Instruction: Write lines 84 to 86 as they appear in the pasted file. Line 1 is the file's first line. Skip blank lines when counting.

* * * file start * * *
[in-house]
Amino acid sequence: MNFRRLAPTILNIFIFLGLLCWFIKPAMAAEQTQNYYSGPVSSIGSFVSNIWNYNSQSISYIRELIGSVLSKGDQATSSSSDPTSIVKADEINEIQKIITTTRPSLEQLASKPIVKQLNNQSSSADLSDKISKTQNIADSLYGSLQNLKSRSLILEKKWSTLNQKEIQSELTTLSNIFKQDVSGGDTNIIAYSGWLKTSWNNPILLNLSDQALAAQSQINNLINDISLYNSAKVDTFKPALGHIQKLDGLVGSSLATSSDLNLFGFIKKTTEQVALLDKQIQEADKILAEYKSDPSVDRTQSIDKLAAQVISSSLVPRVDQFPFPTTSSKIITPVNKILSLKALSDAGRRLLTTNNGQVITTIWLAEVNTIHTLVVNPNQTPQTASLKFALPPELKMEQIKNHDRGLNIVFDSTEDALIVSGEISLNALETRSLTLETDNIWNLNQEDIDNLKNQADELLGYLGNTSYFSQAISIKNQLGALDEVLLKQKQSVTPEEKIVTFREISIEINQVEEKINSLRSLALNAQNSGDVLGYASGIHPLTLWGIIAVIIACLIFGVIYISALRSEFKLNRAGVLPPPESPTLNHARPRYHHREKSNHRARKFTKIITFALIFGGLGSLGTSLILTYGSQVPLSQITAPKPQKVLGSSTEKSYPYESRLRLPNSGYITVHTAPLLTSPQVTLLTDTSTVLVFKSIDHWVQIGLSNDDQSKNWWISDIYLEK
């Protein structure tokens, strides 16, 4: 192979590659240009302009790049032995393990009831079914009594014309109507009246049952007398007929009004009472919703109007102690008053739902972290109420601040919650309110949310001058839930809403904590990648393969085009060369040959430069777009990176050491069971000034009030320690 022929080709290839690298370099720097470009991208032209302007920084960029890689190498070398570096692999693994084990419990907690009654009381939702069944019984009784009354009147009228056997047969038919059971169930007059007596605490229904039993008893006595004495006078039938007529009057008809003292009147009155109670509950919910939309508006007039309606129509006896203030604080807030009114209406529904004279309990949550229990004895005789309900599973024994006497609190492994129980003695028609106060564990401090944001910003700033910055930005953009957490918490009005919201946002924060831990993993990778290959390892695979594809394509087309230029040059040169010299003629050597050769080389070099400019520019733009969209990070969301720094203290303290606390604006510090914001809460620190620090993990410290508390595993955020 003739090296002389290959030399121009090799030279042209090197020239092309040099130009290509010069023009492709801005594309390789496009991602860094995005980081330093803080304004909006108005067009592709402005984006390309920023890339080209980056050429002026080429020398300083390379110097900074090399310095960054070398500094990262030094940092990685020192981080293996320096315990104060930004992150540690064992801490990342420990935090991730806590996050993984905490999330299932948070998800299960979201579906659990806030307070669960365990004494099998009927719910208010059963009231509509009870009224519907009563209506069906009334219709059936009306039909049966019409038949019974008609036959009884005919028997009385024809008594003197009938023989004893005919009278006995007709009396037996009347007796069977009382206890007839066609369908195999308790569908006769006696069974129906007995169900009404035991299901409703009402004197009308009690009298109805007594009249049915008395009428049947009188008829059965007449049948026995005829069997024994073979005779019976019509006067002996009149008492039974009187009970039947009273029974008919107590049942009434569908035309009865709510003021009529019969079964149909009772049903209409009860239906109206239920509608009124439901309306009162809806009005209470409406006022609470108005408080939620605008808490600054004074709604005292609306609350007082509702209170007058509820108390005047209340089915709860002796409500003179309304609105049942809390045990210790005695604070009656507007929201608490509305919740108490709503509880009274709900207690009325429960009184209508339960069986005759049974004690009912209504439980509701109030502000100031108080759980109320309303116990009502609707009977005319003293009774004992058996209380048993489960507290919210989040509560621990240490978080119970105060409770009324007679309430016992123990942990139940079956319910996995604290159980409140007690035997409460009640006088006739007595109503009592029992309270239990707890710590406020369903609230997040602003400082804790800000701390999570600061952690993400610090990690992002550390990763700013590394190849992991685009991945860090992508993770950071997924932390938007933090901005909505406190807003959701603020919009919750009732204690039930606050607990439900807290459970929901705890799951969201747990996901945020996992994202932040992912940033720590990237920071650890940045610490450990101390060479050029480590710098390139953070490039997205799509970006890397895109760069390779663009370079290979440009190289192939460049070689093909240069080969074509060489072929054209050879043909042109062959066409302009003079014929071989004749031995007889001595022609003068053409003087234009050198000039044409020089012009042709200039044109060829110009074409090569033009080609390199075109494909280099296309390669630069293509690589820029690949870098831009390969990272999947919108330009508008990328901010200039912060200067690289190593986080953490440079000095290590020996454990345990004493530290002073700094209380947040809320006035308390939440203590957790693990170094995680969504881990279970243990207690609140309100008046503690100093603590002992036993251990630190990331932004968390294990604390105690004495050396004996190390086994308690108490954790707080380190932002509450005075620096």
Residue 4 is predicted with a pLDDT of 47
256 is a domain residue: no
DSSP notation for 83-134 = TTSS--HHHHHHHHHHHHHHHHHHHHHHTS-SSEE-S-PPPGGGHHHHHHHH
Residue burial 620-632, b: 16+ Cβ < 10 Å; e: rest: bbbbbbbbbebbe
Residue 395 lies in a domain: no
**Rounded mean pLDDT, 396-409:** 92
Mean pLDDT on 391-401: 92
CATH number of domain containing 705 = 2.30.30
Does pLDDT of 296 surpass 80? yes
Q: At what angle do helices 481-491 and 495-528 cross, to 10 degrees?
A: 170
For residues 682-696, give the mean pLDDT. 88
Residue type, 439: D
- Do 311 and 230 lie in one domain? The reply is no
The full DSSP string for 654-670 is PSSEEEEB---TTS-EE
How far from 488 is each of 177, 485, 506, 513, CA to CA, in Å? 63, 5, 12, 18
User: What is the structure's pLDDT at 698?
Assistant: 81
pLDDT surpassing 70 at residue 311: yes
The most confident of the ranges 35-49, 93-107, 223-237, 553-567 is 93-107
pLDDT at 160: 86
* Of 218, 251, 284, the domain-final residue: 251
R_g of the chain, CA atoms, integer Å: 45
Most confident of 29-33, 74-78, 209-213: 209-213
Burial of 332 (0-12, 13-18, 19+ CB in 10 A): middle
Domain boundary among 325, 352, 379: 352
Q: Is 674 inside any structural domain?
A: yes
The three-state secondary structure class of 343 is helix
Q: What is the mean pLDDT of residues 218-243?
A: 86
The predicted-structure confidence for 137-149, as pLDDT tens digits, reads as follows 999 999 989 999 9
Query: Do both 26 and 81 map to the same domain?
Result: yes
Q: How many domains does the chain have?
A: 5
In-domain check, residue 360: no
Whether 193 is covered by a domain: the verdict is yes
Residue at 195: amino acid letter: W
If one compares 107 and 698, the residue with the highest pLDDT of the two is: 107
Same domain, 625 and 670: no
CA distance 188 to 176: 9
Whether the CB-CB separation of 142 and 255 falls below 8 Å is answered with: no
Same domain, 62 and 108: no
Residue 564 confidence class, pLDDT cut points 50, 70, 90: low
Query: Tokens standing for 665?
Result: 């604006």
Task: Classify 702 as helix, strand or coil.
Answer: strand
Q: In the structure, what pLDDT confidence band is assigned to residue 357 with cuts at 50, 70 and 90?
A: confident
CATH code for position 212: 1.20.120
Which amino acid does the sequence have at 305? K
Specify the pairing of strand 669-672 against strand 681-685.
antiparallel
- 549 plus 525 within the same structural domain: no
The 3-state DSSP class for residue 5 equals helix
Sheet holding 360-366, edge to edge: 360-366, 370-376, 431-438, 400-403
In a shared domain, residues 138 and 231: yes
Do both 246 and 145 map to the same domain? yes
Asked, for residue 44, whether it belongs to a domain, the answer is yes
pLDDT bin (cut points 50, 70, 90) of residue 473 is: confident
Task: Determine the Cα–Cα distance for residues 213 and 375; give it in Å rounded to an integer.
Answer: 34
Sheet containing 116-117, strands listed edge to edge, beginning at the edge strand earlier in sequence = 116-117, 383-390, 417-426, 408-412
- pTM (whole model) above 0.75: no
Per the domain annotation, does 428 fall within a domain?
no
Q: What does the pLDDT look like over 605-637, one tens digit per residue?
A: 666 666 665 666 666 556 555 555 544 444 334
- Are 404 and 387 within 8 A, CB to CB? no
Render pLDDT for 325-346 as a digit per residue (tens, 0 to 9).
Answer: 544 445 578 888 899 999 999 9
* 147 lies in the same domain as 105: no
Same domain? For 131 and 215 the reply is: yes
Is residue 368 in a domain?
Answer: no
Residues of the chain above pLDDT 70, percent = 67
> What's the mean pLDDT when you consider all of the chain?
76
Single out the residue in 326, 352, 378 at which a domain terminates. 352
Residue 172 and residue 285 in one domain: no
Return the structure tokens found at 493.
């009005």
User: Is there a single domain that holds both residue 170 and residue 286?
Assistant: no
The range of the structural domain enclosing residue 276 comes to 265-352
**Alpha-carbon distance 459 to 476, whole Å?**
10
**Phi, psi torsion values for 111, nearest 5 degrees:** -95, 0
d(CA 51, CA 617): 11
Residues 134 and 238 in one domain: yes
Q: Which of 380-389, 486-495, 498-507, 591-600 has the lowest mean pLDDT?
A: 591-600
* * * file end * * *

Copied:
Single out the residue in 326, 352, 378 at which a domain terminates. 352
Residue 172 and residue 285 in one domain: no
Return the structure tokens found at 493.